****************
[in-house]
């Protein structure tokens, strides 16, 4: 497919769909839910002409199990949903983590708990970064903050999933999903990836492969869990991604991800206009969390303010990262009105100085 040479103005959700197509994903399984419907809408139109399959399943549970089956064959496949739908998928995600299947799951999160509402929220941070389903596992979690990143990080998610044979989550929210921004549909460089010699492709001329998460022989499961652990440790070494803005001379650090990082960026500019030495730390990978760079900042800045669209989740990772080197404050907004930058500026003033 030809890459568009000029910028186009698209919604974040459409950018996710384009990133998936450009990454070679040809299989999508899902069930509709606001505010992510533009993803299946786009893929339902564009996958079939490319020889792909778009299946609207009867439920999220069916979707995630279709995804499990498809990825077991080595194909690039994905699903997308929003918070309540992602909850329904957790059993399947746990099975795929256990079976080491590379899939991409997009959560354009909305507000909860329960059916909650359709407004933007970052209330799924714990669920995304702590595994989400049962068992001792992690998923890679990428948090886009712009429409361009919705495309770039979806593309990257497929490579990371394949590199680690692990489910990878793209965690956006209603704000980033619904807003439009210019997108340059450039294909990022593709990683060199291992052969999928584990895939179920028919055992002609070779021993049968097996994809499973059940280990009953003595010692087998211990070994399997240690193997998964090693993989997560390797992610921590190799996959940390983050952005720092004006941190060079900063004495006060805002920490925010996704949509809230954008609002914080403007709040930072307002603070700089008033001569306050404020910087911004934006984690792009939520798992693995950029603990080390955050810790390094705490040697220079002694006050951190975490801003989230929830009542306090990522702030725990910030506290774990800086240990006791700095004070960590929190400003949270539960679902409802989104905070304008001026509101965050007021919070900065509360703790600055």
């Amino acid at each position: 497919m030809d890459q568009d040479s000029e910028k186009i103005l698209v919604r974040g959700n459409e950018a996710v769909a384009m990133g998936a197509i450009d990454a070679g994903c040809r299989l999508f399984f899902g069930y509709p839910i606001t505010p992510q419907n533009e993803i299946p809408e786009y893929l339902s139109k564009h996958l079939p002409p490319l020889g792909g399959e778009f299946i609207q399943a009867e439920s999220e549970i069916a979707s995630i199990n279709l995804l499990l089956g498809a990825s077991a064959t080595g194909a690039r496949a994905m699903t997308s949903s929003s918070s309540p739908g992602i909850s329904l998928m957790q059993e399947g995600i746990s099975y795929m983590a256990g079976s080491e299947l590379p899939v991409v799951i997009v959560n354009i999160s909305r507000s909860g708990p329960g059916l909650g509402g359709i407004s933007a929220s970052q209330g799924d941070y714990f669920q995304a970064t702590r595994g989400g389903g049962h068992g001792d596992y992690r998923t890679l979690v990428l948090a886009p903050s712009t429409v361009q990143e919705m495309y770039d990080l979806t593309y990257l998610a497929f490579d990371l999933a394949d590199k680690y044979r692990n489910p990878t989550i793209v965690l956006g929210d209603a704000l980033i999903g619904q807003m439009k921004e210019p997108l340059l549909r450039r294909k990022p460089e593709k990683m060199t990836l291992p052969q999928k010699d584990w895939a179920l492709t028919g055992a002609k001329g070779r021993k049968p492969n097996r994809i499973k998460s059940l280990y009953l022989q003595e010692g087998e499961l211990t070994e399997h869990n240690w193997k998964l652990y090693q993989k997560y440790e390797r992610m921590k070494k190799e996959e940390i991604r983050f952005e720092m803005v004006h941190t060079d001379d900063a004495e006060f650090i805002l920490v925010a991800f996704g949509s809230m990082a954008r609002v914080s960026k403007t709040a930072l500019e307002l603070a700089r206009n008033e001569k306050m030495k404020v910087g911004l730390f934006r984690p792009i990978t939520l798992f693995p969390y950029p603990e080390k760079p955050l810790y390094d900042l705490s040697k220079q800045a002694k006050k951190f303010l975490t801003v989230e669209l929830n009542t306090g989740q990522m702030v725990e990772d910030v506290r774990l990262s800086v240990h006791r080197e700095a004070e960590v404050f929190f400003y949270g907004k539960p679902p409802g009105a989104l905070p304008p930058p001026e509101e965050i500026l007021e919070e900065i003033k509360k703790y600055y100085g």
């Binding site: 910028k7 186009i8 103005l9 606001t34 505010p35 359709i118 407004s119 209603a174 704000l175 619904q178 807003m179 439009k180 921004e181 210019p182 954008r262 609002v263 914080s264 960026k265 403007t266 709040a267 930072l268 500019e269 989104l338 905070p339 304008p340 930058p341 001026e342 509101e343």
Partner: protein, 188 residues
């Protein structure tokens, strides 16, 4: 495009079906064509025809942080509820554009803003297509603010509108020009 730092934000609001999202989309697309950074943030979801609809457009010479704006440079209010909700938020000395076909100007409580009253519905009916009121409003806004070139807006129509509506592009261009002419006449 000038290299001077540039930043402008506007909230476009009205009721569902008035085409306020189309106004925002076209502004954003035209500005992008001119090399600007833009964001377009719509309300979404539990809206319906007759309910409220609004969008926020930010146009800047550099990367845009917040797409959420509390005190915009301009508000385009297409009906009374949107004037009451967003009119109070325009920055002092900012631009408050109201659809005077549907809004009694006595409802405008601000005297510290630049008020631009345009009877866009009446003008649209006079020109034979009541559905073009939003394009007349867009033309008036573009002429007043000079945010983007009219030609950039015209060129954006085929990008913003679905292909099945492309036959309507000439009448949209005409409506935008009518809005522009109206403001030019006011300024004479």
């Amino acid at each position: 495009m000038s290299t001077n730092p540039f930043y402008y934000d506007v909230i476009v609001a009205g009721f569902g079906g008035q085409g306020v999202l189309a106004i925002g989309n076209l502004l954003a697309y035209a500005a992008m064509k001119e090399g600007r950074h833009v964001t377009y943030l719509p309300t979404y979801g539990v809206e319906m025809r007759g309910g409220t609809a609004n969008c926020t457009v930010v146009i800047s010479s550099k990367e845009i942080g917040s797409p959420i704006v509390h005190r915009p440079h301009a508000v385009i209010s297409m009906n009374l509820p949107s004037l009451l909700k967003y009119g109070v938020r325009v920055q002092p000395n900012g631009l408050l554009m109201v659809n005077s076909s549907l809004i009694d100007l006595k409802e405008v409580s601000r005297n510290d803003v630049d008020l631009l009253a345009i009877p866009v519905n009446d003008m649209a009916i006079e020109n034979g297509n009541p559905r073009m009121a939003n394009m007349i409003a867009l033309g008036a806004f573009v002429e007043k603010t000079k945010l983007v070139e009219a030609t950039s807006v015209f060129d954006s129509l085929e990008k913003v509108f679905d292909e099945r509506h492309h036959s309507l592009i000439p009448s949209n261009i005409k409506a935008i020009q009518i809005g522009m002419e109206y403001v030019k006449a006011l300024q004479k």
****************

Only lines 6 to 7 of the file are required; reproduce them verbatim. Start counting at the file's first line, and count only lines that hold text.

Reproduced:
């Protein structure tokens, strides 16, 4: 495009079906064509025809942080509820554009803003297509603010509108020009 730092934000609001999202989309697309950074943030979801609809457009010479704006440079209010909700938020000395076909100007409580009253519905009916009121409003806004070139807006129509509506592009261009002419006449 000038290299001077540039930043402008506007909230476009009205009721569902008035085409306020189309106004925002076209502004954003035209500005992008001119090399600007833009964001377009719509309300979404539990809206319906007759309910409220609004969008926020930010146009800047550099990367845009917040797409959420509390005190915009301009508000385009297409009906009374949107004037009451967003009119109070325009920055002092900012631009408050109201659809005077549907809004009694006595409802405008601000005297510290630049008020631009345009009877866009009446003008649209006079020109034979009541559905073009939003394009007349867009033309008036573009002429007043000079945010983007009219030609950039015209060129954006085929990008913003679905292909099945492309036959309507000439009448949209005409409506935008009518809005522009109206403001030019006011300024004479």
């Amino acid at each position: 495009m000038s290299t001077n730092p540039f930043y402008y934000d506007v909230i476009v609001a009205g009721f569902g079906g008035q085409g306020v999202l189309a106004i925002g989309n076209l502004l954003a697309y035209a500005a992008m064509k001119e090399g600007r950074h833009v964001t377009y943030l719509p309300t979404y979801g539990v809206e319906m025809r007759g309910g409220t609809a609004n969008c926020t457009v930010v146009i800047s010479s550099k990367e845009i942080g917040s797409p959420i704006v509390h005190r915009p440079h301009a508000v385009i209010s297409m009906n009374l509820p949107s004037l009451l909700k967003y009119g109070v938020r325009v920055q002092p000395n900012g631009l408050l554009m109201v659809n005077s076909s549907l809004i009694d100007l006595k409802e405008v409580s601000r005297n510290d803003v630049d008020l631009l009253a345009i009877p866009v519905n009446d003008m649209a009916i006079e020109n034979g297509n009541p559905r073009m009121a939003n394009m007349i409003a867009l033309g008036a806004f573009v002429e007043k603010t000079k945010l983007v070139e009219a030609t950039s807006v015209f060129d954006s129509l085929e990008k913003v509108f679905d292909e099945r509506h492309h036959s309507l592009i000439p009448s949209n261009i005409k409506a935008i020009q009518i809005g522009m002419e109206y403001v030019k006449a006011l300024q004479k």